Once you’re back in society people don’t realise that you’re still dealing with medical stuff. You come back to work and it’s like “welcome back, here’s a bunch of work” and you think ” I don’t know if I can deal with all of that, just help me back in and ease back in a bit.

 – Jim, leukemia survivor.

The ability to return to work after a cancer diagnosis varies considerably among people with cancer. Working after cancer may be difficult for some, for a number of reasons. Cancer and its treatment may lead to physical illness and emotional distress that may interfere with the ability to carry out some work tasks. Treatment for cancer may be time consuming and undertaken far away from home leading to extended absences from work.  People with cancer and their employers may be concerned about the impact on cancer on a person’s ability to work leading to a sense of frustration and isolation. Inability to work may amplify the social isolation and a sense of loss of identity and purpose.

There are a number of barriers for individuals seeking to work following the diagnosis of cancer. These can be considered under three principle headings.

Physical issues

Individuals are often deconditioned and their muscles and cardiorespiratory systems fatigue more quickly than prior to the diagnosis and treatment. Poor sleep may contribute to this state. There may be physical consequences as a result of surgical intervention or lingering effects from chemotherapy. Their physical issues may be further complicated by an ongoing need for treatment in the form of regular but intermittent therapy which may leave them temporarily tired or nauseated.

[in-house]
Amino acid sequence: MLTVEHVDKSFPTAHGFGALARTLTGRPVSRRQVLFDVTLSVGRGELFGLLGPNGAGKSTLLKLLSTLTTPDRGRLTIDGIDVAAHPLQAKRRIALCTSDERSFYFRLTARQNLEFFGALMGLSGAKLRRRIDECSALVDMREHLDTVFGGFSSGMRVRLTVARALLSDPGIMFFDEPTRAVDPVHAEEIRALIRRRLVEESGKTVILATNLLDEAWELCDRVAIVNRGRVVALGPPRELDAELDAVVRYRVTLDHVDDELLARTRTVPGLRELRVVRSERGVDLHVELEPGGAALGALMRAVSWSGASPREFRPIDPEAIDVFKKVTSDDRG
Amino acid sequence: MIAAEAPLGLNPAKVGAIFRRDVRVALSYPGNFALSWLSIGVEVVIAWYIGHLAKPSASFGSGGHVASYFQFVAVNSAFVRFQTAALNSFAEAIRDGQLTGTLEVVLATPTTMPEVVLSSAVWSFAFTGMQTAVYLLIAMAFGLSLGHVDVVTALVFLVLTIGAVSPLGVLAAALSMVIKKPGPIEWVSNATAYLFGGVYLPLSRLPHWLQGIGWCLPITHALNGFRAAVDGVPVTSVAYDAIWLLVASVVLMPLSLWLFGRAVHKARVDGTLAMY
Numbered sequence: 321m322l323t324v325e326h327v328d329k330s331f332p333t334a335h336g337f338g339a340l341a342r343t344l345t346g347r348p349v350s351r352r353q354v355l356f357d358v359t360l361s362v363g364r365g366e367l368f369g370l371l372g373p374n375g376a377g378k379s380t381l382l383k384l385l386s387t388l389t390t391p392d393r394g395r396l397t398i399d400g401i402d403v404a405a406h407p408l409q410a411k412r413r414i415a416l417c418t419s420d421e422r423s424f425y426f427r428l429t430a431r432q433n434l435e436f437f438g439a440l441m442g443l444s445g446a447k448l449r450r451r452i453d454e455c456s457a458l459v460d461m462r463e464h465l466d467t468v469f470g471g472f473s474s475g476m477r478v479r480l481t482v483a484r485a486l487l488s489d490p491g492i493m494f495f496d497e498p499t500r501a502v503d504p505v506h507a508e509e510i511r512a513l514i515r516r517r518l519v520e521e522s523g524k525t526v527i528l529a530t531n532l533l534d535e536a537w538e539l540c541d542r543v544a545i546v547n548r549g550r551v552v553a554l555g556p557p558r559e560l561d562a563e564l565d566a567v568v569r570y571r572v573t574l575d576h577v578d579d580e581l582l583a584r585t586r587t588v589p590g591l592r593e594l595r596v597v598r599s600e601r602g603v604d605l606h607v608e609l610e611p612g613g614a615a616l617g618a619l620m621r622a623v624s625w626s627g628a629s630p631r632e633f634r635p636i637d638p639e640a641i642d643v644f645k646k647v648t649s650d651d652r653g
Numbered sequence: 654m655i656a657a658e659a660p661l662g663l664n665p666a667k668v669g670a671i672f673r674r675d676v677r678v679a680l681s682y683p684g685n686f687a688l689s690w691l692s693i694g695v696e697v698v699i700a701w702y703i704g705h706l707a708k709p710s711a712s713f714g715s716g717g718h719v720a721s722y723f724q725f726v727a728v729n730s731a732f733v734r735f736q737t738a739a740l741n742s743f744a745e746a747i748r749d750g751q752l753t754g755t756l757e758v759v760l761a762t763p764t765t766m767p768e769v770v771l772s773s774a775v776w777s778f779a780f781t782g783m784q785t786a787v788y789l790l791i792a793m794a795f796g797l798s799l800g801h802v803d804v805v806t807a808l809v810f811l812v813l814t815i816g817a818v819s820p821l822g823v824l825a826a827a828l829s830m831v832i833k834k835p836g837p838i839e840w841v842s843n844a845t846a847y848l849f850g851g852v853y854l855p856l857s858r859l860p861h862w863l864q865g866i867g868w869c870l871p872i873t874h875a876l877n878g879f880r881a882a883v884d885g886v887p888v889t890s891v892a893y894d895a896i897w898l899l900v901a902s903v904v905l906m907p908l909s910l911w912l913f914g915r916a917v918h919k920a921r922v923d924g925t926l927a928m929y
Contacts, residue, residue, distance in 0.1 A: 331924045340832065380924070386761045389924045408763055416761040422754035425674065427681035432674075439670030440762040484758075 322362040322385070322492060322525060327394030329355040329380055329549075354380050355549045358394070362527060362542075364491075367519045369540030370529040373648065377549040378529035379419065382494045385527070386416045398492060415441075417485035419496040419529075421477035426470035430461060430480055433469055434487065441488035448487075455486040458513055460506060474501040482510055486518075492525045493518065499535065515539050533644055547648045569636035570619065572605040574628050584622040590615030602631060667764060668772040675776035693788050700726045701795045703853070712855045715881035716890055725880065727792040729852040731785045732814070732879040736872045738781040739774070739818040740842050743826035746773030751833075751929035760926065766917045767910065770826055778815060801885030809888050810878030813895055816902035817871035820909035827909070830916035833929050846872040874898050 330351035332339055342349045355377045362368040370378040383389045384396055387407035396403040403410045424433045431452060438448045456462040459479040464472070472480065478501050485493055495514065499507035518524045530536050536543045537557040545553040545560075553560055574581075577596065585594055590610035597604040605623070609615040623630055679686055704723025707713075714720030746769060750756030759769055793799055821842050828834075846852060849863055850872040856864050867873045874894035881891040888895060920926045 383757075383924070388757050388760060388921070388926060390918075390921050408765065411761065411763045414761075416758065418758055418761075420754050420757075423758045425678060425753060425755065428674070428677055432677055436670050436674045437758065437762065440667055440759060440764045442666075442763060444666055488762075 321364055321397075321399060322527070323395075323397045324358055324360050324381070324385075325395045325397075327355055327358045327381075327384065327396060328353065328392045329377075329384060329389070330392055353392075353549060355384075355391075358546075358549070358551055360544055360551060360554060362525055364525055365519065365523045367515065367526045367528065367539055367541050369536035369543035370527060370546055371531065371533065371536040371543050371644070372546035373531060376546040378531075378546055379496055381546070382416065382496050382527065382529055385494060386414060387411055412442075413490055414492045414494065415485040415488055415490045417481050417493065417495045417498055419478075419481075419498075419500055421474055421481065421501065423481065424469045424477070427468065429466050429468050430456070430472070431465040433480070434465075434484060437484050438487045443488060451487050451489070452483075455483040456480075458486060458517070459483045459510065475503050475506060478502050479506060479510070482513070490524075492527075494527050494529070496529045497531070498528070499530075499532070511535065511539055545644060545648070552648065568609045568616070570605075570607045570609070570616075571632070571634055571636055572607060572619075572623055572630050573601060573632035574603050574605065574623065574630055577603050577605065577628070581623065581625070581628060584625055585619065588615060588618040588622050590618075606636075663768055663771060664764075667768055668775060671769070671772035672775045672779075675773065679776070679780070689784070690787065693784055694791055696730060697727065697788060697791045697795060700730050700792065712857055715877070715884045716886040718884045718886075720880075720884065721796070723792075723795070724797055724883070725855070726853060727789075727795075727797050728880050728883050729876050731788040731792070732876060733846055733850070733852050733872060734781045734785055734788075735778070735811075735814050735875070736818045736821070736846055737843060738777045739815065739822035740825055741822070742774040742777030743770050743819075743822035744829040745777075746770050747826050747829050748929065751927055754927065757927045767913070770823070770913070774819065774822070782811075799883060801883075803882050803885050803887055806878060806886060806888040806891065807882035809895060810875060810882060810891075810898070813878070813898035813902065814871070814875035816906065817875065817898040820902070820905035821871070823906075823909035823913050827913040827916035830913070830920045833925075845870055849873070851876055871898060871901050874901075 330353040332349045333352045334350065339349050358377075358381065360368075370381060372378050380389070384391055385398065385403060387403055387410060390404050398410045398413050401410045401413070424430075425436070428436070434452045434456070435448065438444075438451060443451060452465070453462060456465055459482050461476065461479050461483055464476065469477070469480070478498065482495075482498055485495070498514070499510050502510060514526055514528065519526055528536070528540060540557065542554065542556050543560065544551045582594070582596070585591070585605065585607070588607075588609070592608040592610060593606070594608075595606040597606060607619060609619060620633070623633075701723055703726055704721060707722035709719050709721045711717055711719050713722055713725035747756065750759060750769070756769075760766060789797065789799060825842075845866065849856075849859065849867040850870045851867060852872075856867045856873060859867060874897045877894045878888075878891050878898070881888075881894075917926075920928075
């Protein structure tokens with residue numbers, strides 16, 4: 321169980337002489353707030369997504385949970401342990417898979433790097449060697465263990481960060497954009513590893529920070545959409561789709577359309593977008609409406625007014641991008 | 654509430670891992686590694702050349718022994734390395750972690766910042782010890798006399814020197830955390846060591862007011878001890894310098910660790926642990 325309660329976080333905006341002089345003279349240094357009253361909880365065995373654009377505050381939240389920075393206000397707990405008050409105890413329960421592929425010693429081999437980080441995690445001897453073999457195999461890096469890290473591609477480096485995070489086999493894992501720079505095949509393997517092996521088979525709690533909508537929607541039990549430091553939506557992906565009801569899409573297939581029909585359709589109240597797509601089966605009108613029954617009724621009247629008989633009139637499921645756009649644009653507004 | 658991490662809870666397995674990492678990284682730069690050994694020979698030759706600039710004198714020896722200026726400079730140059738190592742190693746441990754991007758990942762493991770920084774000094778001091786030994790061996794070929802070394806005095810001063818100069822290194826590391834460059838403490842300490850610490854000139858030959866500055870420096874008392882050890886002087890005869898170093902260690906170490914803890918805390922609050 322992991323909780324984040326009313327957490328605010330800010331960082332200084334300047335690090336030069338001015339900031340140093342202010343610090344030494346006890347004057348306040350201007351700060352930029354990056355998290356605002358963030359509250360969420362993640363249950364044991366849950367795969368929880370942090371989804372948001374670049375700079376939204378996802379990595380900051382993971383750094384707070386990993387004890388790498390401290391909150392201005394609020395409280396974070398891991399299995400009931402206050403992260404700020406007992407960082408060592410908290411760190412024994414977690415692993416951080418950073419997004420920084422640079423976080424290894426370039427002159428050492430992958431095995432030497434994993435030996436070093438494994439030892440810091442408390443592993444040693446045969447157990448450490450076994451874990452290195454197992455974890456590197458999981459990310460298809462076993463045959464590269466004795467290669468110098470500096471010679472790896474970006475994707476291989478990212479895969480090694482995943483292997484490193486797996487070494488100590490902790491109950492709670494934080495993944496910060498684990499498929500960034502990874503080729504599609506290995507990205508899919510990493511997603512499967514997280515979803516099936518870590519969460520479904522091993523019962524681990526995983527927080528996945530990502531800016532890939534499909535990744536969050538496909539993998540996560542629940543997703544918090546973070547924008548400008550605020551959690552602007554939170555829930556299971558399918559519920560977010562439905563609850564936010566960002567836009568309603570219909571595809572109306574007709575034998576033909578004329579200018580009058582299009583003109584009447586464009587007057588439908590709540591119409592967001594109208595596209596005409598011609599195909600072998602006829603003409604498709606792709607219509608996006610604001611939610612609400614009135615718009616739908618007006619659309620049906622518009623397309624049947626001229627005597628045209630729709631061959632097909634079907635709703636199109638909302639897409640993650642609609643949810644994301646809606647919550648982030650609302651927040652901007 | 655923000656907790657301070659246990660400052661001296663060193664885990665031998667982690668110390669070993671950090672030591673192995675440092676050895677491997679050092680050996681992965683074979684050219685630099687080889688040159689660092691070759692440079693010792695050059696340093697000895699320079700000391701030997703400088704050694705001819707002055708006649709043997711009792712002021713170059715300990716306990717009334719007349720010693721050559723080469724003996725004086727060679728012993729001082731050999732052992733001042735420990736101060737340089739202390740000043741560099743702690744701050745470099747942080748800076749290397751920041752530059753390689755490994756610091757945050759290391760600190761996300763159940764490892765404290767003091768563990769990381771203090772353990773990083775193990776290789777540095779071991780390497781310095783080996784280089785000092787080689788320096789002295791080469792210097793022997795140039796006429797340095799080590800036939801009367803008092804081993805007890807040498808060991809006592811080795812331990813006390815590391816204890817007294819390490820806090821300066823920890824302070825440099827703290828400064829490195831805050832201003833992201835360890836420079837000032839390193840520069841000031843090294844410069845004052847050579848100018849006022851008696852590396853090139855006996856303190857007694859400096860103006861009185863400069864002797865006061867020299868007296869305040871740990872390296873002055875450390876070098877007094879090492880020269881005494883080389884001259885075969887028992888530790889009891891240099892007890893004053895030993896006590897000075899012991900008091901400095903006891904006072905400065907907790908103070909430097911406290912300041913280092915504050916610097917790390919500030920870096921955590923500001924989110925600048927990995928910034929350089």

Psychological issues

The psychological challenges posed by a diagnosis of cancer cannot be under estimated. The diagnosis can make individuals re-evaluate their lives including the relevance of work in their lives. This re-evaluation may make individuals quite ambivalent in their attitude towards work and at times demotivate them so that attempts to return are half hearted and result in failure. Without strong motivation the likelihood of successful work rehabilitation declines dramatically.  Complicating this may be underlying (and sometimes under recognized) anxiety and depression which can contribute to this loss of motivation.  Again, poor sleep or the effects of chemotherapy may contribute to a psychological state which can interfere with a successful return to work. On the other hand returning to work may be the very motivation needed to finish treatment and a person may be more than ready to return to work or only need a little flexibility to return to their role.

Social issues

There are numerous social issues which can conspire against individuals attempting to resume work. Firstly, well meaning (but ultimately unhelpful) friends and family may discourage individuals to continue or resume work. Secondly, the workplace itself may present problems. Work colleagues may be anxious about how to react with someone following the diagnosis of cancer, and managers may have concerns about the individual’s ability to perform their work, or have safety concerns related to the return of the individual. Employers may have an expectation that an individual should be able to perform all their pre-illness activities without restriction (no “light duties”) and be unable or unwilling to accommodate scheduled or unscheduled time off work for medical appointments. The regulations around return to work from illness in many jurisdictions are different from return to work following work injury, where employers have legal obligations to provide suitable alternative duties where it is practical to do so.

Other work related issues include the rapidly changing nature of modern employment, and a contracting labour market can be a barrier to resuming employment if an individual is out of the work force for a prolonged length of time. The age when cancer most commonly manifests itself may be close to retirement age, making efforts at a successful return to work more challenging.

Social security and insurance or superannuation schemes can paradoxically act as a barrier to a return to work. The requirement that permanent or long term impairment be certified in order to access some of these schemes can run counter to the notion of encouraging or certifying capacity to work. This promotes disability over ability to work.